So as a business owner you must not only have a sound understanding of the laws to abide by when offering injectables as part of your service but the qualifications, expertise and experience of the doctor or nurse you are bringing into your business.
Last year SPA+CLINIC was told of a clinic owner who engaged the services of a doctor to perform injectables only to discover – just in time – that the doctor was no longer licenced to practise.
“A spa or clinic owner should check out the doctor’s CV and assess where the training has taken place and what that training has been,” says Dr John Flynn, censor in chief of the ACCS.
“You cannot just accept that because they have a medical degree they are automatically across the injectables arena and it certainly does not necessarily mean they are skilled.
“The college would advise to see if the doctor is a member of the ACCS or one of the other professional groups within the discipline of cosmetic medical practice.”
Registered nurses are legitimately able to inject anti-wrinkle preparations and dermal fillers.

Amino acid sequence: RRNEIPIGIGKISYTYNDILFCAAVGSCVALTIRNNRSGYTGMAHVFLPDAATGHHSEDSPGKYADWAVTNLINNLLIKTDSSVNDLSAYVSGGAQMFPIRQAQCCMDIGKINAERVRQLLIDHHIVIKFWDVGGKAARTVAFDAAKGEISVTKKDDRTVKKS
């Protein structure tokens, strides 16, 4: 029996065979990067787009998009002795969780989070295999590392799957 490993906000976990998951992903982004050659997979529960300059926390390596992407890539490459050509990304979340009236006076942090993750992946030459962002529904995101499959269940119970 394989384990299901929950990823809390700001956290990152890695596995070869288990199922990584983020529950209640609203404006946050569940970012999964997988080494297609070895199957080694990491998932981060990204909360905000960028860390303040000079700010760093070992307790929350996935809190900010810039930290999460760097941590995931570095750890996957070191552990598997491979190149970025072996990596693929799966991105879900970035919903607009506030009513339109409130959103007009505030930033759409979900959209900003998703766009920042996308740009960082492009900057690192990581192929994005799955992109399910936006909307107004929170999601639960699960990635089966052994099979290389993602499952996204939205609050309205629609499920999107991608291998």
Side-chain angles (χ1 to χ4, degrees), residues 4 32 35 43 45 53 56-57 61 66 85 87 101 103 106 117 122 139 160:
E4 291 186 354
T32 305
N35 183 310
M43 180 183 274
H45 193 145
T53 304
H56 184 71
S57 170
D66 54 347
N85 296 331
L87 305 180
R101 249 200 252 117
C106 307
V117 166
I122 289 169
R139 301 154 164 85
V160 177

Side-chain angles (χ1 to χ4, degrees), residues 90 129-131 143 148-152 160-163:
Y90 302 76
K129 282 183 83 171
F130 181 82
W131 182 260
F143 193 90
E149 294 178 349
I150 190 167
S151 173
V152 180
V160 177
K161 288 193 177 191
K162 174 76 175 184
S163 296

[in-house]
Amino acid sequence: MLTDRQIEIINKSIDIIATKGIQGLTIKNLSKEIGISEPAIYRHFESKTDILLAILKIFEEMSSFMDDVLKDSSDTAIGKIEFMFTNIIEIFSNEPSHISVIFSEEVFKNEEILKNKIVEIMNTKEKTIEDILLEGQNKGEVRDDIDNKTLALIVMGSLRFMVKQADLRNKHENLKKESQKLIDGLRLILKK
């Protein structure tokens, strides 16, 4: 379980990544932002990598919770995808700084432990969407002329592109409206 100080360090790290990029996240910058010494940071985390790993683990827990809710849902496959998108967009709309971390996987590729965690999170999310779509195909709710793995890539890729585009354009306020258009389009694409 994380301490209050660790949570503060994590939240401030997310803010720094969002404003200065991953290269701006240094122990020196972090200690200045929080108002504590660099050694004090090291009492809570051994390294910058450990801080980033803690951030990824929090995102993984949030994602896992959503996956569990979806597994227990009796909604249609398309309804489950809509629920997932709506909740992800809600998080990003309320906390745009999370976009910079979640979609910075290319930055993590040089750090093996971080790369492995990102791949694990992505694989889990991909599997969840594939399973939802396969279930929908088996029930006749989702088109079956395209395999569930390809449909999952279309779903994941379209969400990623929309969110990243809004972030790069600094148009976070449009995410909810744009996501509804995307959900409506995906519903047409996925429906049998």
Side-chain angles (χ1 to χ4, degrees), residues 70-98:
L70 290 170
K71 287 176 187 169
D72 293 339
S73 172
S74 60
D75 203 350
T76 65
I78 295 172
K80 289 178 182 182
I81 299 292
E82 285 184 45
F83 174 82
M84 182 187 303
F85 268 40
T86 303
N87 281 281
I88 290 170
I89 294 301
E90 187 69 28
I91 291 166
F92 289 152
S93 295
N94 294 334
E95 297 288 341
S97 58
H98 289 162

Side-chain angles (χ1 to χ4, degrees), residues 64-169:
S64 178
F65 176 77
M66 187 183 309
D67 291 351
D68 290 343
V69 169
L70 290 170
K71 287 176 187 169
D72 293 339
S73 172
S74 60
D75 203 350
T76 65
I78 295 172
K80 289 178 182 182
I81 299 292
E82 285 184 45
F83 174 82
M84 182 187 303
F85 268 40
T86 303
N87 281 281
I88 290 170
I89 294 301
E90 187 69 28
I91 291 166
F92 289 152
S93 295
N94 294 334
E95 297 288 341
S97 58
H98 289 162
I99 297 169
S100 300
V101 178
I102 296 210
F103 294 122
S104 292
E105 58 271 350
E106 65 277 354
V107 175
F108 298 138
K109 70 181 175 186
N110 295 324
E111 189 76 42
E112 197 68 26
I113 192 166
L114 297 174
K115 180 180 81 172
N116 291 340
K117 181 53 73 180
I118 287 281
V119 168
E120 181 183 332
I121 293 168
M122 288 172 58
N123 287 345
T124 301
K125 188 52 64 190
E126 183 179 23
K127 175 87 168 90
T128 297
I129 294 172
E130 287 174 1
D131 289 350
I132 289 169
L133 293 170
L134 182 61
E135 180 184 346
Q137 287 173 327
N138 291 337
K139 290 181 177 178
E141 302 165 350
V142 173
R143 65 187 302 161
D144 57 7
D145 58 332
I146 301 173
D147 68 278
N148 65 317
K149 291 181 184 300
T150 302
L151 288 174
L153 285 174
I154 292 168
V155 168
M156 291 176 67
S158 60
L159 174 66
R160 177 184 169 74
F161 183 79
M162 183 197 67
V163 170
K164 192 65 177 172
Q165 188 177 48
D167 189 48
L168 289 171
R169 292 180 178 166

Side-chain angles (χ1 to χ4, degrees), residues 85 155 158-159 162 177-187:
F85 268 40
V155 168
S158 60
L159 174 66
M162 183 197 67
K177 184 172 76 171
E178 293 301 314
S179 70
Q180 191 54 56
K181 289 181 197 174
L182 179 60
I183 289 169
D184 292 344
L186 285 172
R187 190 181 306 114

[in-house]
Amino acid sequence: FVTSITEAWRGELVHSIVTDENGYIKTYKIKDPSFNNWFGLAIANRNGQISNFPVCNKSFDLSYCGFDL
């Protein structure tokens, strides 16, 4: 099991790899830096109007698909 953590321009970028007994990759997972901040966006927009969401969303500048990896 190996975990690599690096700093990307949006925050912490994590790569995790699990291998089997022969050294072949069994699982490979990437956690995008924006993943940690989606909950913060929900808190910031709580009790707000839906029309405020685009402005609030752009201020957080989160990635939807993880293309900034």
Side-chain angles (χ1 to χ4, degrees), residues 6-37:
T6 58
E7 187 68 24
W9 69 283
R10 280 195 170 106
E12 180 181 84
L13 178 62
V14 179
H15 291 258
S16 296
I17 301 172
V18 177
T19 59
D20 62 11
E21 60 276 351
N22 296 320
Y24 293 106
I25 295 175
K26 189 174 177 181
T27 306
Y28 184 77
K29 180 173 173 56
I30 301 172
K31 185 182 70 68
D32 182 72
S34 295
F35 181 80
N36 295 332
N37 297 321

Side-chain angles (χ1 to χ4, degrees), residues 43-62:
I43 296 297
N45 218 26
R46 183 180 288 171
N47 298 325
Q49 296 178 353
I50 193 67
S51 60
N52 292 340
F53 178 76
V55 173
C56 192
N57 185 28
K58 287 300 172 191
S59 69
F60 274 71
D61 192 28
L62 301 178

However, because these are scheduled (ie. restricted) products they must be prescribed by a doctor and a client must first been seen by a doctor to ensure their health, fitness and suitability for the procedure and TO work out an appropriate treatment plan.
The registered nurse involved in the treatment needs to have current registration, adequate training in the procedure and the prescribing doctor needs to be satisfied with his/her qualifications.
“Under Australian law and Medical Board guidelines, nurses are not permitted to administer such treatments unless supervised by a doctor,” says CPCA’s Dr Porter.
“The prescribing doctor needs to provide written instructions or orders and supervise the treatment administered by the registered nurse.”